Determining Terms for Team Telecommuting Agreements: Common Challenges and Risks to Watch Out For
In one of my previous blogs, I spoke about how remote work was going to be one of the biggest trends of this decade. Little did I realize it would become one of the biggest trends of this very year, with social distancing protocols meant to flatten the curve of the coronavirus pandemic driving businesses across the country to hastily enact remote work policies so they could keep their employees working and try to stay in business.
I say “hastily” enacted because many of these transitions were not always thought through since they weren’t intended to be long term changes, but rather quick fixes that would be rescinded after only a few weeks. However, as the battle against the pandemic continues to be fought, people have been forced to quarantine for longer and longer. Businesses are now facing issues they were not expecting, in addition to having to extend and adjust their remote work agreements.
Indeed, California has implemented a stay at home order since mid-March, and though there are plans for select businesses to begin reopening soon, the possibility of a resurgence of infections resulting in another quarantine order is too great to ignore. No one can say for sure when things will go back to normal, it’s entirely possible this may become the new normal, which is why small business owners must continue to improve their policies so they can try to make the most of it, especially concerning remote work agreements.
In another of my earlier blogs, I covered three key factors to managing a remote team. That advice still stands, but in this blog, I’d like to go over some of the challenges and risks you should consider when developing telecommuting agreements. These agreements serve as the foundation for your team’s remote working experience, as well as your ability to effectively manage them. Like any foundation, it requires proper reinforcement and structure, otherwise it’ll crumble and crack beneath your feet. Too many businesses have already been lost to the pandemic, if you want to boost the chances of your company making it through, I suggest you find ways to incorporate these tips into your own business plans.
The first factor you’ll want to consider when reevaluating your telecommuting agreement is the protection of your employees’ tools and technology. With employees working from home and using their own internet connections, employers must take steps to ensure their employees face as little risk as possible of compromising their tools or documents, including regarding the actions of those same employees.
As a general rule, employers should provide an acceptable use agreement that stipulates approved uses for company computers, programs, and data, including what sort of online activity and media is prohibited. What’s more, you should already have your IT team install protective tools such as firewalls, antivirus software, and other such programs onto company provided computers. Still, it’s always better to review that these protections are properly in place, and to reiterate policies to employees if you feel they are not being followed.
Make sure remote workers are only using secured networks when accessing the internet, instruct them to avoid visiting potentially dangerous sites, and see to it that their computers are outfitted with the proper protections as well.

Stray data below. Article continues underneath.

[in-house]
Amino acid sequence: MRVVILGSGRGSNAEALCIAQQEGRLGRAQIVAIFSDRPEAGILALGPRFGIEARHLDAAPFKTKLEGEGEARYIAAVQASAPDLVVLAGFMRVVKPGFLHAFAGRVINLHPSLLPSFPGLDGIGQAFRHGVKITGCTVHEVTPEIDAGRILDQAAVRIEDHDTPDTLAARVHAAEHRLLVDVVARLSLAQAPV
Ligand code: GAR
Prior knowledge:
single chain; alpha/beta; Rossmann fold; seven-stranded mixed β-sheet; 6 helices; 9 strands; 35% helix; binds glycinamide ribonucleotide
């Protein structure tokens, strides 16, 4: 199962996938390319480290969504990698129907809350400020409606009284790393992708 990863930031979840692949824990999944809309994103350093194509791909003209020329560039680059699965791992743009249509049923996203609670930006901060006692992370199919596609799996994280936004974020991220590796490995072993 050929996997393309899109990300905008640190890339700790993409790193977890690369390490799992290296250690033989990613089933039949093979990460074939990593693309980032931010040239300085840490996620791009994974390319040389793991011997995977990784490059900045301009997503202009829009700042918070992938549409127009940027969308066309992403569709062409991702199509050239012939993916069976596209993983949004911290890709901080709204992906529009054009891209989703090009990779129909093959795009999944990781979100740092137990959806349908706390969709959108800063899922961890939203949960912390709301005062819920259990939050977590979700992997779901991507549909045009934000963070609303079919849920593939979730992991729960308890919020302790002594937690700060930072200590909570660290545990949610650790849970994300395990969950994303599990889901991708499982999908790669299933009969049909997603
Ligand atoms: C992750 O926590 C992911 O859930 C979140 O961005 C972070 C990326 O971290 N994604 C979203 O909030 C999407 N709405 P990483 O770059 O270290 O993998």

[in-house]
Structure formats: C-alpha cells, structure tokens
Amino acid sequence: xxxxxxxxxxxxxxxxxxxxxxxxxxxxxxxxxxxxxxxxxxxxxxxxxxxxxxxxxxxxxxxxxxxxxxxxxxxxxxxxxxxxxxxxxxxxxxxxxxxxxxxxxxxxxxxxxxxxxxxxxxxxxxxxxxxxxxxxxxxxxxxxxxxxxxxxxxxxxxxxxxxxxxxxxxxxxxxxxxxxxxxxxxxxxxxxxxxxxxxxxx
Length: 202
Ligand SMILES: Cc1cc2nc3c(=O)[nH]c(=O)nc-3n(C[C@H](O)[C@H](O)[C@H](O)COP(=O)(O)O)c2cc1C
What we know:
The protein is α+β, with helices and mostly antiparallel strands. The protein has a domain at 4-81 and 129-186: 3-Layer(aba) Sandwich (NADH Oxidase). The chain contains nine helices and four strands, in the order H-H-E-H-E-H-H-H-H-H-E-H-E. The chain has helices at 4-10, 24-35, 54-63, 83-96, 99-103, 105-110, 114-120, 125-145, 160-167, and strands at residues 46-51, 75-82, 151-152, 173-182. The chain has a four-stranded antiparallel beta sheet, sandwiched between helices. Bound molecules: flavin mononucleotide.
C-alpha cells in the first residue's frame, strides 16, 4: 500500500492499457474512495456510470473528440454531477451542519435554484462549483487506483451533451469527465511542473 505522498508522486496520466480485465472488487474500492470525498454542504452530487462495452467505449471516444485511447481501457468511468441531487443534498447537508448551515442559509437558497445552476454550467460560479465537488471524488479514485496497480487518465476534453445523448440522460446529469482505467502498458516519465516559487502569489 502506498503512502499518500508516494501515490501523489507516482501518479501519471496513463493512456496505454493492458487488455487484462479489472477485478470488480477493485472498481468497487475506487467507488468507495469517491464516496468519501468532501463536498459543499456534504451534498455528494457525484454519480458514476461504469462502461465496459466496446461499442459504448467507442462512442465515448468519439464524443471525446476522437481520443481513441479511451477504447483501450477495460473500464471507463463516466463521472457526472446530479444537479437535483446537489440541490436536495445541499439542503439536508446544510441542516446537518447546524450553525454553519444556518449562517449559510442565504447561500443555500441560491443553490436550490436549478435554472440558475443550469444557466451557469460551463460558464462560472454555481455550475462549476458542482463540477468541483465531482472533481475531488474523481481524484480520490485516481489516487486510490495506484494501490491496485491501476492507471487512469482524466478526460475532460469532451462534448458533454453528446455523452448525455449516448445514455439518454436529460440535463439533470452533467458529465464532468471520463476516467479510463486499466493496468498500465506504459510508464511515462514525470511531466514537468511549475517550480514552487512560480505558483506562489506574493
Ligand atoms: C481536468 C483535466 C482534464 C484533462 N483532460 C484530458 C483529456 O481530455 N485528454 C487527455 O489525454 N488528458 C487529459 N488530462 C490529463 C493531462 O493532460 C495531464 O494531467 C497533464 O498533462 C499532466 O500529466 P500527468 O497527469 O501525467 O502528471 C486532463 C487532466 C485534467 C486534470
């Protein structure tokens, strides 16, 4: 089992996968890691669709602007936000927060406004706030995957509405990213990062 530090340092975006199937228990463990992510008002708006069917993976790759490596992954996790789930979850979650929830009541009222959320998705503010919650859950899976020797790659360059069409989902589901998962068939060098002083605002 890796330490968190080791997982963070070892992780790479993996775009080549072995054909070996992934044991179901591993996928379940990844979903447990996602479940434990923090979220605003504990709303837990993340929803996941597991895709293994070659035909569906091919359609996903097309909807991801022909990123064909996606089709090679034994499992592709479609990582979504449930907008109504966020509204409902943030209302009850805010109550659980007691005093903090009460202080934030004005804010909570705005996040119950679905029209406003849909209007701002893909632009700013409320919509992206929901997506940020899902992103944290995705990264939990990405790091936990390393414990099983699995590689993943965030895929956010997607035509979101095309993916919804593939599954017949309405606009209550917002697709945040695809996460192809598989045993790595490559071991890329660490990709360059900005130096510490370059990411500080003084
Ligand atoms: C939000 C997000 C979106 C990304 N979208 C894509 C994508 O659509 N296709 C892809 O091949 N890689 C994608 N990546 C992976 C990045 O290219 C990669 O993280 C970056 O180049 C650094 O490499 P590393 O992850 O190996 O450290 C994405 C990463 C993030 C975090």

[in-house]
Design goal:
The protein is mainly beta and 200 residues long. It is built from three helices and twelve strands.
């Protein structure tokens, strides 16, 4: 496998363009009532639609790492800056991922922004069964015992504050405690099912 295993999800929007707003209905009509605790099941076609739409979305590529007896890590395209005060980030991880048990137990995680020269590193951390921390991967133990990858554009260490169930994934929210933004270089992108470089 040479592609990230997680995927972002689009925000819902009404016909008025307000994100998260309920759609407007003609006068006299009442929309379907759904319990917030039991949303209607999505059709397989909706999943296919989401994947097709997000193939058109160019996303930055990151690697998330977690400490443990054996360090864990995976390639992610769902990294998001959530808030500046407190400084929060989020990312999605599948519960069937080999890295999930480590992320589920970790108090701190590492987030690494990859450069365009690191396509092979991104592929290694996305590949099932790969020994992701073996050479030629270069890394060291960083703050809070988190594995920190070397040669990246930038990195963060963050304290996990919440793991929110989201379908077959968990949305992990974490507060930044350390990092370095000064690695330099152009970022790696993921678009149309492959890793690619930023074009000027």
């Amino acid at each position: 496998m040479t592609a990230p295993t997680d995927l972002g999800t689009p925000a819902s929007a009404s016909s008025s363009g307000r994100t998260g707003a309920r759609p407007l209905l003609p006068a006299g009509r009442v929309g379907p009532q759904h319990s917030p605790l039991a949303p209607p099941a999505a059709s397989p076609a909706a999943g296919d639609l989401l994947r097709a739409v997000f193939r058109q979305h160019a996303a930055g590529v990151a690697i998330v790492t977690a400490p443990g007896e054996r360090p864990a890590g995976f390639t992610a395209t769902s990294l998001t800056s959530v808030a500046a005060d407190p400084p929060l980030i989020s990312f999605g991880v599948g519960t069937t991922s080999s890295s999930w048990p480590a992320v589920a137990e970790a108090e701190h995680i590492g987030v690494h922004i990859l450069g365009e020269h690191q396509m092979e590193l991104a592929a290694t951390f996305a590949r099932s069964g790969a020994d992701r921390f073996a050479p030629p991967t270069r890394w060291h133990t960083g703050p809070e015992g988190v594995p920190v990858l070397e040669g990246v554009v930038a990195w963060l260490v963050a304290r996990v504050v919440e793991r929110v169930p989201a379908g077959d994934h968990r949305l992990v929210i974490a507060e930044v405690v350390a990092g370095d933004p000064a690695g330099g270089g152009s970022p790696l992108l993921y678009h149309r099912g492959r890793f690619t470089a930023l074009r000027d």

Next, you’ll want to make sure your telecommuting agreement covers the safety standards your employees will be expected to follow. Employees who are injured while working from home may still be entitled to workers’ compensation, so it’s important you instruct them to keep their remote workplace as clear of obstructions as possible.
However, if the pandemic has taught us anything, it’s that even unexpected disasters can always strike. As such, make sure you outline first aid procedures and emergency response information in your telecommuting agreement, that way remote workers will be able to act accordingly should they suffer an injury on the job.
On the subject of accidents and assistance, you’ll need to prepare for the possibility of technological issues taking much longer to resolve than usual. In an ordinary office setting, an employee whose computer malfunctions would be able to meet with an IT specialist and either have the issue quickly resolved, or be provided an alternative computer to work on while the specialist works on the afflicted machine. Now that everyone’s working from home, getting the people who need help in contact with the people who can help them is sure to prove difficult.
Problems like these don’t typically have one-size-fits-all solutions, it will depend on you to develop your own unique answers, and doing so may require some trial and error. As such, finding the best ways to resolve matters may mean deadlines get missed or compromises will have to be made, so employers and employees must be patient and understanding of one another in order to make the most of what we all have to work with.
This pandemic is offsetting plans across the board, no one was ready for it and everyone is still trying to keep up with it, so do not be discouraged if it takes a few tries to develop effective solutions to unexpected problems. The most important thing to focus on is that we all stay safe, that we all support one another through these trying times, that we all work together to create success that none of us could achieve on our own.